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Brand & Generic Names


Basic Information

  • Habit forming? No
  • Prescription needed? Yes
  • Available as generic? Yes
  • Drug class: Antiprotozoal, antirheumatic


  • Treatment for protozoal infections, such as malaria and amebiasis.
  • Treatment for some forms of arthritis and lupus.

Dosage & Usage Information

How to take:
Tablet--Swallow with food or milk to lessen stomach irritation.

When to take:
Depends on condition. Is adjusted during treatment.
Malaria prevention--Begin taking medicine 2 weeks before entering areas with malaria.

If you forget a dose:
1 or more doses a day--Take as soon as you remember up to 2 hours late. If more than 2 hours, wait for next scheduled dose (don't double this dose).
1 dose weekly--Take as soon as possible, then return to regular dosing schedule.

What drug does:
Inhibits parasite multiplication.
Decreases inflammatory response in diseased joint.

Time lapse before drug works:
1 to 2 hours.

Don't take with:
Any other medicine without consulting your doctor or pharmacist.


Severe breathing difficulty, drowsiness, faintness, headache, seizures.


  • Dial 911 (emergency) or O (operator) for an ambulance or medical help. Then give first aid immediately.
  • See EMERGENCY Information.

Possible Adverse Reactions or Side Effects


    In case of overdose, see Overdose section.


    Headache, appetite loss, abdominal pain.


  • Blurred or changed vision.
  • Rash or itch, diarrhea, nausea, vomiting, decreased blood pressure, hair loss, blue-black skin or mouth, dizziness, nervousness.


  • Mood or mental changes, seizures, sore throat, fever, unusual bleeding or bruising, muscle weakness, convulsions.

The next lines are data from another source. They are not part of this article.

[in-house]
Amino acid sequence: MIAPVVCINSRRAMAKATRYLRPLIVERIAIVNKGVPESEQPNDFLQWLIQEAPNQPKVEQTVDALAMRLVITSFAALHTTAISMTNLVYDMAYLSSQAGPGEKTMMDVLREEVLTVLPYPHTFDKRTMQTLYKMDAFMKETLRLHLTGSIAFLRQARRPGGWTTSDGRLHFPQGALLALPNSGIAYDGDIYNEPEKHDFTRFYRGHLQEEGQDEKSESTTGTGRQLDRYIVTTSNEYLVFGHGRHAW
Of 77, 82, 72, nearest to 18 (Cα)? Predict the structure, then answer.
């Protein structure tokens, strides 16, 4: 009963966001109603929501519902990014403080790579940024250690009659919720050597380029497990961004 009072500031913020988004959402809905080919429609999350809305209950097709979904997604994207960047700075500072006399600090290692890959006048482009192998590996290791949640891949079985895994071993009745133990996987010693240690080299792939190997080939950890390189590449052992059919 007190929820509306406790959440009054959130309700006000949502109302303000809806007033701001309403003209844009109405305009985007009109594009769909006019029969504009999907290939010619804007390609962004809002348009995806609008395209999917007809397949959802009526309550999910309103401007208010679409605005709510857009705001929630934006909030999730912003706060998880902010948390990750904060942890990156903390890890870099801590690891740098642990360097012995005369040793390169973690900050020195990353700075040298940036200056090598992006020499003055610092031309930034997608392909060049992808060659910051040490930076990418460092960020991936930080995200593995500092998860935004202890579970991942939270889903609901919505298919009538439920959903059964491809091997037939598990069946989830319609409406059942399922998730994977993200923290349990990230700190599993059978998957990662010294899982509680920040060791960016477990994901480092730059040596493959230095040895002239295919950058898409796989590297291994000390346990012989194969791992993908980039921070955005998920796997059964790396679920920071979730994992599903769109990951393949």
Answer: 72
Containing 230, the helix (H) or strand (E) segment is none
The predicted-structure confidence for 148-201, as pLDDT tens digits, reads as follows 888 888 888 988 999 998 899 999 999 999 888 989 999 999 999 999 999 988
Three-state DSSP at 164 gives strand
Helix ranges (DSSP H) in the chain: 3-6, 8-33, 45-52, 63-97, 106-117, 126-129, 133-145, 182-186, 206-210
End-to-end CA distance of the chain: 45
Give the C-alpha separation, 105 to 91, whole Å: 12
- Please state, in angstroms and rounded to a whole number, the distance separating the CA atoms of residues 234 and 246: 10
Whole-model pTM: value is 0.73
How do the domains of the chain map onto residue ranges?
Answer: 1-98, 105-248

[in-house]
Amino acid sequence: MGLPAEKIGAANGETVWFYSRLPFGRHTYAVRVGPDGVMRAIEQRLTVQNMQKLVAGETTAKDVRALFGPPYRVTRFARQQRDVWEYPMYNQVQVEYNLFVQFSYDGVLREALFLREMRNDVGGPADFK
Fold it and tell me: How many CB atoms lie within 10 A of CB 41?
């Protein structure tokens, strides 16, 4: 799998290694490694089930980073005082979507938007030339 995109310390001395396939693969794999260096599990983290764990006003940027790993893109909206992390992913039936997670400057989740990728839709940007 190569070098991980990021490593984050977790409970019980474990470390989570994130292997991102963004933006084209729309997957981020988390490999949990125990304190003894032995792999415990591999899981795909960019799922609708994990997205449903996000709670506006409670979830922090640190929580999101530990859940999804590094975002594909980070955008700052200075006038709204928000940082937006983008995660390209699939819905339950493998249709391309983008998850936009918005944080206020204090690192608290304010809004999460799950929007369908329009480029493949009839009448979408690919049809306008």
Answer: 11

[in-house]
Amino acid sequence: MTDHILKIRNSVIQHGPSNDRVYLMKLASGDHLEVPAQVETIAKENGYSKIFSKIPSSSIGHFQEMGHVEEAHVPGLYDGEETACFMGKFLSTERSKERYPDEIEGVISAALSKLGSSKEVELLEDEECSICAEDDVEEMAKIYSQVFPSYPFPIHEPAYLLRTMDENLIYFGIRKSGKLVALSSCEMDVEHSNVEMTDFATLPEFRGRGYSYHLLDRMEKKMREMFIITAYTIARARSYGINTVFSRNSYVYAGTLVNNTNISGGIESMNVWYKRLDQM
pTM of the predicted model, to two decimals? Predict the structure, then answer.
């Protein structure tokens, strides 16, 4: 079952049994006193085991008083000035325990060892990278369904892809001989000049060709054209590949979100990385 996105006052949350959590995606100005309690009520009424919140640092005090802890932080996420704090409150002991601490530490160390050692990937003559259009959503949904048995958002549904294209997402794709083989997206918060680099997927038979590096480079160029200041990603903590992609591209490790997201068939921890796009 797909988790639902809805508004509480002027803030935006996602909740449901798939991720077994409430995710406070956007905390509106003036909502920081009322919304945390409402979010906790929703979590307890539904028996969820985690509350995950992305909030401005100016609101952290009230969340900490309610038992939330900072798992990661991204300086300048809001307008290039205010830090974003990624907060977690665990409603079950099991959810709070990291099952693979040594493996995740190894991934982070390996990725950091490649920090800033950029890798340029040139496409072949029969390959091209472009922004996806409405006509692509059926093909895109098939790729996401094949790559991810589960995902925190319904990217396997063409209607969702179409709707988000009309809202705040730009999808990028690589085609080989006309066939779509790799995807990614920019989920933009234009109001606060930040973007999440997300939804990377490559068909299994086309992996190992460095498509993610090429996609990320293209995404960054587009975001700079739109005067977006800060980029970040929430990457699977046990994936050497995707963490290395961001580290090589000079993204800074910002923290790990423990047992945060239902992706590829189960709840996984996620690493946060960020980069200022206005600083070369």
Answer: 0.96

• Ringing or buzzing in ears, hearing loss.

Warnings & Precautions

Don't take if:
You are allergic to chloroquine or hydroxychloroquine.

Before you start, consult your doctor:

  • If you plan to become pregnant within the medication period.
  • If you have blood disease.
  • If you have eye or vision problems.
  • If you have a G6PD* deficiency.
  • If you have liver disease.
  • If you have nerve or brain disease (including seizure disorders).
  • If you have porphyria.
  • If you have psoriasis.
  • If you have stomach or intestinal disease.
  • If you drink more than 3 oz. of alcohol daily.

Over age 60:
Adverse reactions and side effects may be more frequent and severe than in younger persons.

Risk to unborn child outweighs drug benefits. Don't use.

Drug passes into milk. Avoid drug or discontinue nursing.

Infants & children:
Not recommended. Dangerous.

Prolonged use:

  • Permanent damage to the retina (back part of the eye) or nerve deafness.
  • Talk to your doctor about the need for follow-up medical examinations or laboratory studies to check complete blood counts (white blood cell count, platelet count, red blood cell count, hemoglobin, hematocrit), eyes.

Skin & sunlight:
May cause rash or intensify sunburn in areas exposed to sun or sunlamp.

Driving, piloting or hazardous work:
Don't drive or pilot aircraft until you learn how medicine affects you. Don't work around dangerous machinery. Don't climb ladders or work in high places. Danger increases if you drink alcohol or take medicine affecting alertness and reflexes.

Don't discontinue without doctor's advice until you complete prescribed dose, even though symptoms diminish or disappear.


  • Periodic physical and blood examinations recommended.
  • If you are in a malaria area for a long time, you may need to change to another preventive drug every 2 years.

Possible Interaction with Other Drugs

------------------------ -----------------------
Penicillamine Possible blood or kidney toxicity.

Possible Interaction with Other Substances

--------------- ---------------
Alcohol: Possible liver toxicity. Avoid.
Beverages: None expected.
Cocaine: None expected.
Foods: None expected.
Marijuana: None expected.
Tobacco: None expected.

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